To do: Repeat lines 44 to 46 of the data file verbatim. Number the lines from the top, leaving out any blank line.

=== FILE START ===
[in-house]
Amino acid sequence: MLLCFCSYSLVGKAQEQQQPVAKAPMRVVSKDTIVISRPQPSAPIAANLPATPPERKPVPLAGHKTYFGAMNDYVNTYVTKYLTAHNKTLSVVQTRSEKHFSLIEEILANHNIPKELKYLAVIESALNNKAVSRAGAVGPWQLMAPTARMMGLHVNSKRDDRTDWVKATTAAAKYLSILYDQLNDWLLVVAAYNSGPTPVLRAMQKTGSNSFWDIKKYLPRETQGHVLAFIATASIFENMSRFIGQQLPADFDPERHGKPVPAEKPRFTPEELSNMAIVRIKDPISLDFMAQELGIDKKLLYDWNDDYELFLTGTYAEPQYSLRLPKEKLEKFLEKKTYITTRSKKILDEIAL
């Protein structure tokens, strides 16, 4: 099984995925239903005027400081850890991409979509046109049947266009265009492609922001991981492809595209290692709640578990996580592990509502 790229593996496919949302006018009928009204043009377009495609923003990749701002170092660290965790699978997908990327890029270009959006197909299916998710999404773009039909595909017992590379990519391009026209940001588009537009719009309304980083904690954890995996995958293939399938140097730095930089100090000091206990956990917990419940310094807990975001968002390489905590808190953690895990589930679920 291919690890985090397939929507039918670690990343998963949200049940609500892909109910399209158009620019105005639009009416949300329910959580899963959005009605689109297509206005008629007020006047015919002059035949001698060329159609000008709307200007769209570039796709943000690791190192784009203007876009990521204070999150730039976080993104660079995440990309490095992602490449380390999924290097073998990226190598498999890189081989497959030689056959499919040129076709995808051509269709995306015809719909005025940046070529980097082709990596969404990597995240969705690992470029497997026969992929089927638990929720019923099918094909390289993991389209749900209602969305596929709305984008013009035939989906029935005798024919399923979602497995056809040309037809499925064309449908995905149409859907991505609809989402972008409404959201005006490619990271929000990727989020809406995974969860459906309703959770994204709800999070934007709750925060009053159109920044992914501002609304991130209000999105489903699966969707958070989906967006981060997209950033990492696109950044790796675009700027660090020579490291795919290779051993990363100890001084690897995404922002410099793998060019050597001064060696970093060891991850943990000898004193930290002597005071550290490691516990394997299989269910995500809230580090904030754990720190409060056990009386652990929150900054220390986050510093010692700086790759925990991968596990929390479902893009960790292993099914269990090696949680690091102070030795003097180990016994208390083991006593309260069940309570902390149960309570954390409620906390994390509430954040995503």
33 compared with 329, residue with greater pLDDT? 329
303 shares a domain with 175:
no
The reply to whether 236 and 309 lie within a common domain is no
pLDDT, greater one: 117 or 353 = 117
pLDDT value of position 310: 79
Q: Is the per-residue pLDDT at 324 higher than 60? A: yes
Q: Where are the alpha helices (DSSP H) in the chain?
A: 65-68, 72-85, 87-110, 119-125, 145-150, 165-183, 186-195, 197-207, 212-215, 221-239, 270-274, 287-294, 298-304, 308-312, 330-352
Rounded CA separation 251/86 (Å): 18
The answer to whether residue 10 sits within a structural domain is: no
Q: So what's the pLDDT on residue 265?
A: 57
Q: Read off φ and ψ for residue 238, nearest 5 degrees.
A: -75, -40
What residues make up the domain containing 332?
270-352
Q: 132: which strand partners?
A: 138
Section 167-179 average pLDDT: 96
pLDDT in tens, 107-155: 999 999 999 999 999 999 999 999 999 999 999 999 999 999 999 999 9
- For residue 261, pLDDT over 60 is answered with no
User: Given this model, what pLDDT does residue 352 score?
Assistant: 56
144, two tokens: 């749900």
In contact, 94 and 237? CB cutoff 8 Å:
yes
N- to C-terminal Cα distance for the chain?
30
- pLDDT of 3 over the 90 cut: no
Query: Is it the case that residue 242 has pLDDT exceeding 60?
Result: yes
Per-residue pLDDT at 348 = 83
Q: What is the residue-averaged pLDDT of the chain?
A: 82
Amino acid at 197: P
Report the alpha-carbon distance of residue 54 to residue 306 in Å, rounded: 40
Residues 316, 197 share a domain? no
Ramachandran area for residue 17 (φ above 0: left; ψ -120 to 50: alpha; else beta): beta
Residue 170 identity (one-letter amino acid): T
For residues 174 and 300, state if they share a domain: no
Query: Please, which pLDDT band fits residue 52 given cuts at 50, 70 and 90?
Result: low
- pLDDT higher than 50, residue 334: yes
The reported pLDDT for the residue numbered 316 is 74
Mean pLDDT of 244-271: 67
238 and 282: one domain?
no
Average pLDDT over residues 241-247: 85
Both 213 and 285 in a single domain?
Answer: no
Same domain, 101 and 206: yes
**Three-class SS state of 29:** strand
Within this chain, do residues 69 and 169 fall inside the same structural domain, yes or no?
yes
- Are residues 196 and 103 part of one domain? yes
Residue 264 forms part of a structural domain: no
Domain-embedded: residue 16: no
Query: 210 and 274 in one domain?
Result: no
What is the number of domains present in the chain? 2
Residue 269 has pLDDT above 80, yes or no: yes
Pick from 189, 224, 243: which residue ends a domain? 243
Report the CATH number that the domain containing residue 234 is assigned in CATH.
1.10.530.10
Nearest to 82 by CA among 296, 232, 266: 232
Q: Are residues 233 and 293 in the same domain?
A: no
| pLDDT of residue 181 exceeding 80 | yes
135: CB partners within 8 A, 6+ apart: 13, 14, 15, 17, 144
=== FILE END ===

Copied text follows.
For residues 174 and 300, state if they share a domain: no
Query: Please, which pLDDT band fits residue 52 given cuts at 50, 70 and 90?
Result: low